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Why are we weigh'd upon with heaviness,
And utterly consum'd with sharp distress,
While all things else have rest from weariness?
All things have rest: why should we toil alone,

We only toil, who are the first of things,
And make perpetual moan,

Still from one sorrow to another thrown :

Nor ever fold our wings,
And cease from wanderings :
Nor steep our brows in slumber's holy balm ;
Nor hearken what the inner spirit sings,
“ There is no joy but calm!”
Why should we only toil, the roof and crown of things ?

Lo! in the middle of the wood

The folded leaf is woo'd from out the bud

With winds upon the branch, and there

Grows green

and broad, and takes no care,

Sun-steep'd at noon, and in the moon
Nightly dew-fed : and turning yellow
Falls, and floats adown the air.

αϊ, αϊ, θυμοβόροις πονούμεν

ταλαίφρονες αύτως
ανακεστοτάταις άνίαις

ημείς πάρα δ' άλλοις
δια λυγράς ανάπαυσις διζύος,

όσ' έστιν ή μόνοισιν

είμαρται καμάτων αφύκτων
στένειν άλίαστα, θεών μετ' έργοις

πρωτεία μάταν λαχούσιν ;
ημίν τοις υπεράλλοις, χθονίων τους μεγ αρίστοις,

στρ. όρνις ως πτερύγων ακάματός τις πολυπλάγκτοισιν έρετμούς,

ύπνοιο κηληθμός αμβρότοιο
αρ' ούποτ' εμβάψει κάρα ;

πόνων άγευστος λέλoγχεν όλβον,
έναυλον τόδ' έφυμνεί 'ν φρεσί δαίμων.

φεύ· ύλας έν ομφαλοίσιν αβρότοισι, βλάσταν φύλλον υπεκδυν, ανέμου σαινόμενον κιναθίσμασι,

χλωρόν εύρυφυές βρύει,

ακτίνες δ' αμέριμνον
ένδιον, νυχία δ' αύτε σελάνα τρέφεν έρσα

άντ. τέλος δ' αλλόχρουν ρεϊ, κατά δ' ουρον μετέωρον διαφεύγει.

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Lo! sweeten'd with the summer light,
The full-juic'd apple, waxing over-mellow,
Drops in a silent autumn night.
All its allotted length of days,
The flower ripens in its place,
Ripens and fades, and falls, and hath no toil,
Fast-rooted in the fruitful soil.

Hateful is the dark-blue sky Vaulted o'er the dark-blue sea. Death is the end of life: ah, why Should life all labour be?

Let us alone. Time driveth onward fast,

And in a little while our lips are dumb.
Let us alone. What is it that will last?
All things are taken from us, and become
Portions and parcels of the dreadful Past.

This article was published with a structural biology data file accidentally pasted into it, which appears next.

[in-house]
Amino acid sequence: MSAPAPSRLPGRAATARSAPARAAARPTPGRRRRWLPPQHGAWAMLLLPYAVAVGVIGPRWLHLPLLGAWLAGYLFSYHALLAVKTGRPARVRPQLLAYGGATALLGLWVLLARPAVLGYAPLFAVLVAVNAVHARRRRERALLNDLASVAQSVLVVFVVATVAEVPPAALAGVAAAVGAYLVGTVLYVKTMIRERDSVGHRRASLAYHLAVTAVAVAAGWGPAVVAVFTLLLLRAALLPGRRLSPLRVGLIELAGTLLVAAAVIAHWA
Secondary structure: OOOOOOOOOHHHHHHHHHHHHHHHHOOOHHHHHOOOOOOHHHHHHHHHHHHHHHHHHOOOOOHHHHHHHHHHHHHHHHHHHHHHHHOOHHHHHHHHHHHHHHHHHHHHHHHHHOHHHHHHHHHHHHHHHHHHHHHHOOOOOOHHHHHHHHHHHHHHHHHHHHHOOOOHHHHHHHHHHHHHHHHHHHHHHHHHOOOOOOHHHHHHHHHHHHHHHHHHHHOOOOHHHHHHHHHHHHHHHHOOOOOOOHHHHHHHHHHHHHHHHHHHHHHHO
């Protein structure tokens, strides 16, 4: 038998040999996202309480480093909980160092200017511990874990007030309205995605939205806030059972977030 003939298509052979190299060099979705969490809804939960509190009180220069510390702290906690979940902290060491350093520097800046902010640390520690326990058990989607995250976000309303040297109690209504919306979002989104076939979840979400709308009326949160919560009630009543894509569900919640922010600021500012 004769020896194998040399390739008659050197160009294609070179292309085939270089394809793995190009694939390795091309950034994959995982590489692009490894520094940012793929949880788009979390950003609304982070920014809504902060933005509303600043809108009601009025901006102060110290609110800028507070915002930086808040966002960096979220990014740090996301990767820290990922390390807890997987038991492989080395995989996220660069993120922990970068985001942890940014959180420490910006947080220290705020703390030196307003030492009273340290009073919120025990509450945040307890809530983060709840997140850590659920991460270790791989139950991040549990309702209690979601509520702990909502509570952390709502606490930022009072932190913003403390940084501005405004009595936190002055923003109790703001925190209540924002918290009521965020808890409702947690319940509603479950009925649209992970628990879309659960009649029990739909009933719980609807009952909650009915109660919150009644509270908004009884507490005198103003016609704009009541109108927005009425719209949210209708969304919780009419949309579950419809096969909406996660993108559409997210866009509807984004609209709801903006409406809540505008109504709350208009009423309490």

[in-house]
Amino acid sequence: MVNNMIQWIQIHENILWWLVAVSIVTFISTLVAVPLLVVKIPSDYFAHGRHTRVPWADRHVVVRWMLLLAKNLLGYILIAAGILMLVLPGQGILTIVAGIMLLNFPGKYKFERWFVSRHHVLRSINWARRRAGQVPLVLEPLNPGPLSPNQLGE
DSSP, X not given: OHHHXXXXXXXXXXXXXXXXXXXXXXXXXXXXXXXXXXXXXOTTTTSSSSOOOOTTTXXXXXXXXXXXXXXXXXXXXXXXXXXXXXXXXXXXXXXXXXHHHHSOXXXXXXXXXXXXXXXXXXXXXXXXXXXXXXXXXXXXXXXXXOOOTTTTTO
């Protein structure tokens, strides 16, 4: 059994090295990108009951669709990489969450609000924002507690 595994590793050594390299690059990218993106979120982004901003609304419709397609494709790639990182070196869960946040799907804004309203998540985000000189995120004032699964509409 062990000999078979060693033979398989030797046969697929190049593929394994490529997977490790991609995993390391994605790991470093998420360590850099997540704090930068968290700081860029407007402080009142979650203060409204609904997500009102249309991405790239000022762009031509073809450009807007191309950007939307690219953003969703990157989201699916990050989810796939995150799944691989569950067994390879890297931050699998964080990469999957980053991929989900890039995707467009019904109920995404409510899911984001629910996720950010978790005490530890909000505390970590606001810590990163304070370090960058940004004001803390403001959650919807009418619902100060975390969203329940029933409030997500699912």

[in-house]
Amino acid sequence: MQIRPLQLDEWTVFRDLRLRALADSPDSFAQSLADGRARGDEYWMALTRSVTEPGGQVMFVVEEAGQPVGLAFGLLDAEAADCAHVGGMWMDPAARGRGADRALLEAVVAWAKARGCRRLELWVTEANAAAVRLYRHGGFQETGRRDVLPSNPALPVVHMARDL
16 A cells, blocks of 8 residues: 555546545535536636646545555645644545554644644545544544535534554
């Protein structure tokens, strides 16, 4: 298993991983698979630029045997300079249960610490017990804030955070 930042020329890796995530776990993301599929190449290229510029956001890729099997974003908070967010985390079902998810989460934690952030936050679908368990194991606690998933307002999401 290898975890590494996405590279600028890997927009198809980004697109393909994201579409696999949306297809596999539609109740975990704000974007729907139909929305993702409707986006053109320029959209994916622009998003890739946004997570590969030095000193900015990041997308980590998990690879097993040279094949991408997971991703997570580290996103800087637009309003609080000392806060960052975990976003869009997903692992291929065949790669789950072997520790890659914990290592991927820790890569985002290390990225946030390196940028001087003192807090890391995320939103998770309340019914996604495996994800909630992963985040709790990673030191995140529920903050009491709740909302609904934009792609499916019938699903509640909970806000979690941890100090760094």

Let us alone. What pleasure can we have
To war with evil? Is there any peace
In ever climbing up the climbing wave ?
All things have rest, and ripen tow’rd the grave
In silence; ripen, fall and cease.
Give us long rest or death, dark death, or dreamful ease!
θέρους εν αυγαϊς πέπoν τεθηλός,
ωραίον έπεσεν έννυχον

άκρας οπώρας άφωνα μάλον.
ζωάς μοιρίδιον τέρμα τελείας

άνθέων γένη κατάνυσαδυόσμων,
ακμάζοντ' απόνως, φρούδα δ' έπειτ' ώχετ' επασσυτέρα ροπά,

ευκάρποισι δυσεκλύτως
έρριζωμέν' αρούραις.



στυγνον πόλου κυάνεον βάθος πάλαι πορφυροειδούς

υπερτέταται θαλάττας:

ζωσιν θάνατος πέπρωται:
ζώντες δ' άπαύστω πόνω άλλως βίον αντλούμεν

έατ' έσσυμένων ρίμφ' ενιαύτων
σιγά τάχ' έπεισιν ούδεν

σταθμόν έχει βέβαιον.
πάντ' εκλέλοιπεν, φοβερό
δε των πάλαι σύζυγ ομίλω

φεύγει τί δ' άτερπές αιέν

άδμήτ', αμάχου κατ' άτας,
κλύδων έπ' άμβαίνομεν ; έσθ' άσυχίας πασιν

σύγ' εισερχομένας μοίρα καθ ώραν

τας πουλυπλάνων ονείρων,
ή θανάτου τύχοιμεν.


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How sweet it were, hearing the downward stream,
With half-shut eyes ever to seem
Falling asleep in a half-dream!
To dream and dream, like yonder amber light,
Which will not leave the myrrh-bush on the height;
To hear each other's whisper'd speech ;
Eating the Lotos, day by day,
To watch the crisping ripples on the beach,
And tender curving lines of creamy spray:
To lend our hearts and spirits wholly
To the influence of mild-minded melancholy;
To muse and brood and live again in memory,
With those old faces of our infancy
Heap'd over with a mound of grass,
Two handfuls of white dust, shut in an urn of brass !

Dear is the mem’ry of our wedded lives,
And dear the last embraces of our wives
And their warm tears; but all hath suffer'd change :
For surely now our household hearths are cold :
Our sons inherit us: our looks are strange :

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